Hilltop on the Hill 2013

Eight students are in Washington, D.C., in October 2013 as part of SMU’s Hilltop on the Hill program. The students will visit media and government sites, and meet with political communicators, journalists and SMU alumni. The trip is led by Rita Kirk, professor of communication studies in Meadows School of the Arts and director of the Maguire Center for Ethics & Public Responsibility; Sandra Duhé, chair of communication studies, associate professor and director of the Meadows School’s public relations program; and Candy Crespo, assistant director of the Maguire Center for Ethics & Public Responsibility. Endowed by the Bauer Foundation, the Hilltop on the Hill program also takes students studying political communication to political party conventions, the presidential Inauguration and the G8 Economic Summit.

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How the media make memories that last

white houseAn update from Sasha, a senior majoring in corporate communications in Meadows School of the Arts and Spanish in Dedman College:

It is incredible the way our memories work. We can spend hours in a classroom hearing the same thing over and over again and still never be able to recall that information, but it only takes a split second looking at an image of two flaming towers in New York to forever remember a moment of terror.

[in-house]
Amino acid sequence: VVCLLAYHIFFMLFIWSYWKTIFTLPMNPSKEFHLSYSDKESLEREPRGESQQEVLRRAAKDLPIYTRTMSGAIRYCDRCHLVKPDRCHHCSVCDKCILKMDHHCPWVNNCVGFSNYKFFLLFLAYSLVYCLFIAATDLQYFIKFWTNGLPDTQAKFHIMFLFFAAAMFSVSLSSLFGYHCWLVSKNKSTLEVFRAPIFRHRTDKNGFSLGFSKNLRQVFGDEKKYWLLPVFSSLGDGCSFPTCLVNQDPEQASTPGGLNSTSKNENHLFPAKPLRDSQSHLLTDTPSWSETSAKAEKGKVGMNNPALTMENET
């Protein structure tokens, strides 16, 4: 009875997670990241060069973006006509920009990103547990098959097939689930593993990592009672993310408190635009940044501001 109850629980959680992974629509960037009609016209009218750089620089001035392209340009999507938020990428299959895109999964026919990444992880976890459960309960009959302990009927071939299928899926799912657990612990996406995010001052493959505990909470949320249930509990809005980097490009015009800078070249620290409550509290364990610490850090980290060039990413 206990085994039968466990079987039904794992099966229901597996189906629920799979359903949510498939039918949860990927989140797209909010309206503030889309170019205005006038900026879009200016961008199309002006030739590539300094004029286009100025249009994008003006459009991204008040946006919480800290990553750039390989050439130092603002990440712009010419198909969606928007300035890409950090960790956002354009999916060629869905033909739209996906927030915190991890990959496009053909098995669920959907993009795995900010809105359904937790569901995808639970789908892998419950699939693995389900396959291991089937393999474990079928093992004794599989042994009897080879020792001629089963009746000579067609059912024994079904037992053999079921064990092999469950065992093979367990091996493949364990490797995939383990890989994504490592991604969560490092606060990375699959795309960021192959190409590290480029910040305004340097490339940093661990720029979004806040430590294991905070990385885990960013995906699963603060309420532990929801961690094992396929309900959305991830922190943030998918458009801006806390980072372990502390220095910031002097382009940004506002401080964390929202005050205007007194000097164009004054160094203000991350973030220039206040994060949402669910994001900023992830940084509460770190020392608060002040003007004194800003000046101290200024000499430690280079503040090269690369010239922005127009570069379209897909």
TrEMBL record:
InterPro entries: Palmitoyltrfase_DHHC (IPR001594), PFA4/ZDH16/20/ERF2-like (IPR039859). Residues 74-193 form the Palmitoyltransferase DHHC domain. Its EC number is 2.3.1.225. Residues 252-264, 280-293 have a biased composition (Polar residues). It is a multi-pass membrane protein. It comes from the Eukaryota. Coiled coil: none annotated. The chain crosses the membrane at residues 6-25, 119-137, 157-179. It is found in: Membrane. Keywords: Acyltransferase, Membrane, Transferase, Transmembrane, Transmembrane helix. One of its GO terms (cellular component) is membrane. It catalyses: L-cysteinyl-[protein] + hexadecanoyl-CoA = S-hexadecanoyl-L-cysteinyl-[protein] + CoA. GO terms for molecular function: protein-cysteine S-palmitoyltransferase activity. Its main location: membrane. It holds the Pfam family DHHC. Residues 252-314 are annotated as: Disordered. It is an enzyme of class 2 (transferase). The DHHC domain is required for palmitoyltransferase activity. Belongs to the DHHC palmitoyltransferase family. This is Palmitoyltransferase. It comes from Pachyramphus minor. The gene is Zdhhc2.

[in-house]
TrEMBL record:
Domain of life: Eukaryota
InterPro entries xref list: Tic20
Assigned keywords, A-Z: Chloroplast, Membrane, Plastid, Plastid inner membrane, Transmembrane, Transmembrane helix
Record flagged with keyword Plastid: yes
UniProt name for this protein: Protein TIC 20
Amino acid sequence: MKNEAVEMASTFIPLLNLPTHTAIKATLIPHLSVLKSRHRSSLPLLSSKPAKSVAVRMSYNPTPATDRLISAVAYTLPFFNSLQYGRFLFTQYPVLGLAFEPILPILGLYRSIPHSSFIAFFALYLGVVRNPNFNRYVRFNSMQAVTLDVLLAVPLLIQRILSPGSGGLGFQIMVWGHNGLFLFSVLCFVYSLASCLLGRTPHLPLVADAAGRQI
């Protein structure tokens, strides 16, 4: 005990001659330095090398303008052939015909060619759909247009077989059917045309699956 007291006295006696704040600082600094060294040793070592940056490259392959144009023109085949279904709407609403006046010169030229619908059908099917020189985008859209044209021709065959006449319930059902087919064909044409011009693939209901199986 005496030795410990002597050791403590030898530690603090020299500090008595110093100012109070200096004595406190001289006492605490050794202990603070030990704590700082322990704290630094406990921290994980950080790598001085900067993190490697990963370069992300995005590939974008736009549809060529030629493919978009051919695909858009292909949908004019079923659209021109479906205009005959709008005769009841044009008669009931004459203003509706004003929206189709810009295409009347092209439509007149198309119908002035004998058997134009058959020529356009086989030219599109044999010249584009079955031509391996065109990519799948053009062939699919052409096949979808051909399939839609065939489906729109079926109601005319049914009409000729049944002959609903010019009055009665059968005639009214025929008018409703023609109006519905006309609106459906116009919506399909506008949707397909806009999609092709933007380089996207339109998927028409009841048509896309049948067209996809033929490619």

The news is one of those things that create memory for us. How is it that we hardly remember what was in the Dallas Morning News this morning, but we can tell you all about Monica Lewinsky or OJ Simpson? The way things are presented to us affects how they will impact us, and whether or not they will remain with us. Walking through the Newseum we were able to get a glimpse of the moments in history that, while in and of themselves were unforgettable, were made into lasting memories because of the way they were displayed by the media.

Journalism and the news have evolved incredibly in such a short period of time. It was remarkable walking through the “News through Time” exhibit and seeing news dating as far back as the 15th century. In a simple, yet captivating manner the Newseum inspires us and shows us multiple perspectives of the past.

This six-story contemporary-looking building was filled with statues, exhibits, paintings, projections – monuments and dedications to the past to teach us about the future.

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